His latest jabs at this process on his Huffington Post blog have been aimed at the price tag. A recent blog post of his bore the title, DSM-5 Costs $25 Million, Putting APA in a Financial Hole. The DSM-5 has cost 5x the amount already that the DSM-IV cost. The APA is in the hole right now because of this price tag.

The American Psychiatric Association just reported a surprisingly large yearly deficit of $350,000. This was caused by reduced publishing profits, poor attendance at its annual meeting, rapidly declining membership, and wasteful spending on DSM-5. APA reserves are now below “the recommended amount for a non-profit (reserves equal to a year’s operating expenses).”

$350,000 in the hole to be exact because of a multi-million dollar revision process owing in part to the objections of critics such as Allen Frances.

APA has already spent an astounding $25 million on DSM-5. I can’t imagine where all that money went. As I recall it, DSM-IV cost about $5 million, and more than half of this came from outside research grants. Even if the DSM-5 product were made of gold instead of lead, $25 million would be wildly out of proportion. The rampant disorganization of DSM-5 must have caused colossal waste. One obvious example is the $3 million spent on the useless DSM-5 field trial, with its irrelevant questions, poorly conceived design, and embarrassing results.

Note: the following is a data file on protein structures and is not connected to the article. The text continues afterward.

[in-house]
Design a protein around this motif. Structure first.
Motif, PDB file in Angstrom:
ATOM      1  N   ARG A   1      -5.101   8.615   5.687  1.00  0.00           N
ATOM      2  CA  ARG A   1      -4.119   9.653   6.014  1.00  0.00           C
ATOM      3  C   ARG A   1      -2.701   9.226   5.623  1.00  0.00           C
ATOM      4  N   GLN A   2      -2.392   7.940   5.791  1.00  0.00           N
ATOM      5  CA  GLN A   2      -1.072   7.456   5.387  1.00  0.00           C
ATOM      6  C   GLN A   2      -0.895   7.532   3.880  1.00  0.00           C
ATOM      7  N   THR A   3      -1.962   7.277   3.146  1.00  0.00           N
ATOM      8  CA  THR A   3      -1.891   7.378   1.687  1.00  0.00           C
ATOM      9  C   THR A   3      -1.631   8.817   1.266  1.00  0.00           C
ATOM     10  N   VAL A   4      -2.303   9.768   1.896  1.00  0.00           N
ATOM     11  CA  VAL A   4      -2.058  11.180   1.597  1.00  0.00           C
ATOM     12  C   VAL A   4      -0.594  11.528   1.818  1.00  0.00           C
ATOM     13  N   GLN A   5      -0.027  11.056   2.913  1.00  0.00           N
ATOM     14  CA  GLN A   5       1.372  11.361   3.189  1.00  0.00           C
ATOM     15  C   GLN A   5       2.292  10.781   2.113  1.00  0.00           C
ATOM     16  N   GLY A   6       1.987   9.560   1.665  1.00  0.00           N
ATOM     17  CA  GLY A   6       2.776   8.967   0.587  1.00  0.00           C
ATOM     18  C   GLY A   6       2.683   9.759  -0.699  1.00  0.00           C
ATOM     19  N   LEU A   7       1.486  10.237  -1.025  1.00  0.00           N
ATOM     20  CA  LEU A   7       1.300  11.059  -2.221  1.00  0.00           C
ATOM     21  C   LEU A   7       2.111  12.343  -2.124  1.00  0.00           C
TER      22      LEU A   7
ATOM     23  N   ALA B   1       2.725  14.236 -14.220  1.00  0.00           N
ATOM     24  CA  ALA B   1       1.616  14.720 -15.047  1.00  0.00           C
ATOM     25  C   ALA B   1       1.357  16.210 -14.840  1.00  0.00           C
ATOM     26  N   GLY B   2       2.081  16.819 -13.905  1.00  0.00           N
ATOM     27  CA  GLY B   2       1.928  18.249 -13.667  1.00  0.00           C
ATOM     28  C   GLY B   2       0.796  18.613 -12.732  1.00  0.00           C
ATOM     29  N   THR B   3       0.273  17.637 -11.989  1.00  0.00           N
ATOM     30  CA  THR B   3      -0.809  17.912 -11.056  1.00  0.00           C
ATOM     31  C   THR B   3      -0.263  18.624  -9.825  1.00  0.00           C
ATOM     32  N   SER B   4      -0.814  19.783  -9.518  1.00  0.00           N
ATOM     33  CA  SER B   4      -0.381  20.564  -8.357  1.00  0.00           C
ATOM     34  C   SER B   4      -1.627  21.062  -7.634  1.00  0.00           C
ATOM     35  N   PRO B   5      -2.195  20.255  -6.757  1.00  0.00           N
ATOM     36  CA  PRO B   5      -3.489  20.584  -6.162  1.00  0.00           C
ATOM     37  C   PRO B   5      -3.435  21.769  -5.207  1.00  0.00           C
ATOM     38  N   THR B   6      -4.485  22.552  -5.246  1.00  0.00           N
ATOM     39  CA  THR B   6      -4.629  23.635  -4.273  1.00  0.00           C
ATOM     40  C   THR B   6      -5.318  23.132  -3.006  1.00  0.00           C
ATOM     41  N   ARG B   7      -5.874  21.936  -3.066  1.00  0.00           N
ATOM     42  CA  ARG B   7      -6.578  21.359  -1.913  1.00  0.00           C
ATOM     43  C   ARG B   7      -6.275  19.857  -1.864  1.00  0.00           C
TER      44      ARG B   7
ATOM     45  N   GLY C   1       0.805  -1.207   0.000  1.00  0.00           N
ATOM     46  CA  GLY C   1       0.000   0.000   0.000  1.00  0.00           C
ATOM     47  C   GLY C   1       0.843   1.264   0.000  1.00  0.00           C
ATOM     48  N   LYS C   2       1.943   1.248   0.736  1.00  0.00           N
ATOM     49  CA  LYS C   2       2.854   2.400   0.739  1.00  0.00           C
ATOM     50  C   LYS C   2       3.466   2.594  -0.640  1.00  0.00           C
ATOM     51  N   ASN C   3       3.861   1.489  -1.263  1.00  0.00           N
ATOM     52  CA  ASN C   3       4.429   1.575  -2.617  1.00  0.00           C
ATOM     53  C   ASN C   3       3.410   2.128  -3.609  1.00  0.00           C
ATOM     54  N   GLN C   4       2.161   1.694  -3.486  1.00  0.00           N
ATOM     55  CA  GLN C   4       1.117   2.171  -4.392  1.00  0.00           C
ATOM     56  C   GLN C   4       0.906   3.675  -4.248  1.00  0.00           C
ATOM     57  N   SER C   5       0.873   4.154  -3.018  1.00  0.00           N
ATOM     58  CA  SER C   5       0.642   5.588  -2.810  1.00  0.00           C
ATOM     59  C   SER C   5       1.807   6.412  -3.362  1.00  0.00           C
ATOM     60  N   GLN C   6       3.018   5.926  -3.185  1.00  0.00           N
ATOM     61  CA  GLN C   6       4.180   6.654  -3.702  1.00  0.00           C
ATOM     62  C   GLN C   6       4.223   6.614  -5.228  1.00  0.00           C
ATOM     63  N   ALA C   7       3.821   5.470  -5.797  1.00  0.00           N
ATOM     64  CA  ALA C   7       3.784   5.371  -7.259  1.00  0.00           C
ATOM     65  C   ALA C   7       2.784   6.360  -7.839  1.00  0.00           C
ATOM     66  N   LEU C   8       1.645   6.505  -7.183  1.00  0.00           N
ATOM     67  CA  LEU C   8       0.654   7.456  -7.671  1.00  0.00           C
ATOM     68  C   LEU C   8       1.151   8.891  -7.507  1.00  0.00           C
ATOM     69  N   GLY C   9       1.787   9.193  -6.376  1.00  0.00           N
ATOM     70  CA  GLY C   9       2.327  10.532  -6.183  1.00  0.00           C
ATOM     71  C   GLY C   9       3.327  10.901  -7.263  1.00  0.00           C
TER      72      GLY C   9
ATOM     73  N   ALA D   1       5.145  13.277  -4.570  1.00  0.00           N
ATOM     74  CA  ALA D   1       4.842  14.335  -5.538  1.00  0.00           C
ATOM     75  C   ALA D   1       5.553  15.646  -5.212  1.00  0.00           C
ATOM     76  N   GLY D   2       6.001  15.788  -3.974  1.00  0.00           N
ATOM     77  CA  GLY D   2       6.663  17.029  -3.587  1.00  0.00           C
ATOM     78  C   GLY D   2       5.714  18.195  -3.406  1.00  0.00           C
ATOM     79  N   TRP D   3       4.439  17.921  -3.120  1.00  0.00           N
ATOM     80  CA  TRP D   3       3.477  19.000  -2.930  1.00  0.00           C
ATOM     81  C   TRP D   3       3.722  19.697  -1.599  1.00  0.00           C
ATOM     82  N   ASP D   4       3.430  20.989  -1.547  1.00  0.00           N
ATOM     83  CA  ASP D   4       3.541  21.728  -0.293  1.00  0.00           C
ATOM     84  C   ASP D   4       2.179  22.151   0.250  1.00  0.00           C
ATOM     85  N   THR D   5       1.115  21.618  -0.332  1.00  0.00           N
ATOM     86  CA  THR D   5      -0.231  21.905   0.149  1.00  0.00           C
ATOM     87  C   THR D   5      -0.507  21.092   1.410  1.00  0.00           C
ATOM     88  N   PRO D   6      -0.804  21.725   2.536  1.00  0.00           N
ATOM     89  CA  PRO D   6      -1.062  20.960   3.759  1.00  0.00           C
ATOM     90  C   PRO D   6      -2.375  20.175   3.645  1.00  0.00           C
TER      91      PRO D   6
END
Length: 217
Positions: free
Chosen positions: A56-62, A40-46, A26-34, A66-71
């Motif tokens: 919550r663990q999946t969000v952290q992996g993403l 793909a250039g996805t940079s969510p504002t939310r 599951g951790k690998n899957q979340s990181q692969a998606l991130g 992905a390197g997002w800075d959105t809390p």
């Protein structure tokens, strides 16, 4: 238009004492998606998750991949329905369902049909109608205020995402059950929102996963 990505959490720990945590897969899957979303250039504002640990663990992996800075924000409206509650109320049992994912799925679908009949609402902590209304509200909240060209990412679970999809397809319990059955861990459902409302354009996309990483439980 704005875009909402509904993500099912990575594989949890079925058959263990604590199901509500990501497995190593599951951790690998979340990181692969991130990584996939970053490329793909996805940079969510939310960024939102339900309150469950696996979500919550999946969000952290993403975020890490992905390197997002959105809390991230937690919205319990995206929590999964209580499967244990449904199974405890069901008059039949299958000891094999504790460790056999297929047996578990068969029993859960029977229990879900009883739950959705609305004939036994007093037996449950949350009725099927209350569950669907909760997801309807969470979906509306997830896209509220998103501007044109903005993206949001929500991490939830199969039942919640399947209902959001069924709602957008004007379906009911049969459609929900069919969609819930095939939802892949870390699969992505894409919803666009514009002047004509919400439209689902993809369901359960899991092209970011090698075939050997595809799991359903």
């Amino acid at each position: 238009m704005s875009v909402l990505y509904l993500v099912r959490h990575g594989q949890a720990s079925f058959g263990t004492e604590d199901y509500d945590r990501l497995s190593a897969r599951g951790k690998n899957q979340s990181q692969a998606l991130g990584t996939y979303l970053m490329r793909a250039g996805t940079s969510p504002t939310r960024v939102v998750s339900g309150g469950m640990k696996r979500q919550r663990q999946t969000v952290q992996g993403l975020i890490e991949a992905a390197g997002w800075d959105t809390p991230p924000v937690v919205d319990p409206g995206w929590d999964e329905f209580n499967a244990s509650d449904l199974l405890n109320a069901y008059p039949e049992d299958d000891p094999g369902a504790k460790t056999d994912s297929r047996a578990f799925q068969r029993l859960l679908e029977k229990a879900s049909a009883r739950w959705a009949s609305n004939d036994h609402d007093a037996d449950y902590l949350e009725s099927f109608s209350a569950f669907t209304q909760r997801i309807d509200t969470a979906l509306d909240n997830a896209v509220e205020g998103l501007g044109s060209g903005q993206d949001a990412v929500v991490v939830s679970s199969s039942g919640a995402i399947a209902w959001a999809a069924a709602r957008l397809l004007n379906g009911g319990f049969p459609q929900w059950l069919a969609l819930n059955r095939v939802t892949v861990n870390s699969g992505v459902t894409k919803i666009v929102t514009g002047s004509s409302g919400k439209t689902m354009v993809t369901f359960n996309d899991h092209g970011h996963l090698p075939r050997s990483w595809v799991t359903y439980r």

The DSM-5 was due to be published in 2012. Because of the objections of many psychologists and the likes of Allen Frances publication was suspended for a year. The revisers of the DSM-5 are also going out of their way to get input from interested parties. Actually, and to be more precise, the revisers are busy at damage controll by giving the appearance of giving an ear to critics for public relations purposes. The upper echelon of the APA don’t want democracy. Dialogue is not what coming up with “mental disorder” labels is all about. There is, for example, no No Mental Disorder Not Otherwise Specified category in the manual.

If stage one were field testing, stage two is quality control. Stage one a disaster, in his view; he sees quality control as the issue in a more recent post, Follow The Money, on these monetary difficulties lost to the DSM-5 revision process.

APA was faced with 2 choices: 1) go ahead with Stage 2 to clean up the mess; or 2) declare Stage 2 unnecessary and publish a poorly edited, unreliable, and untested DSM-5. APA chose the second option and is rushing toward a forced, premature birth of DSM-5.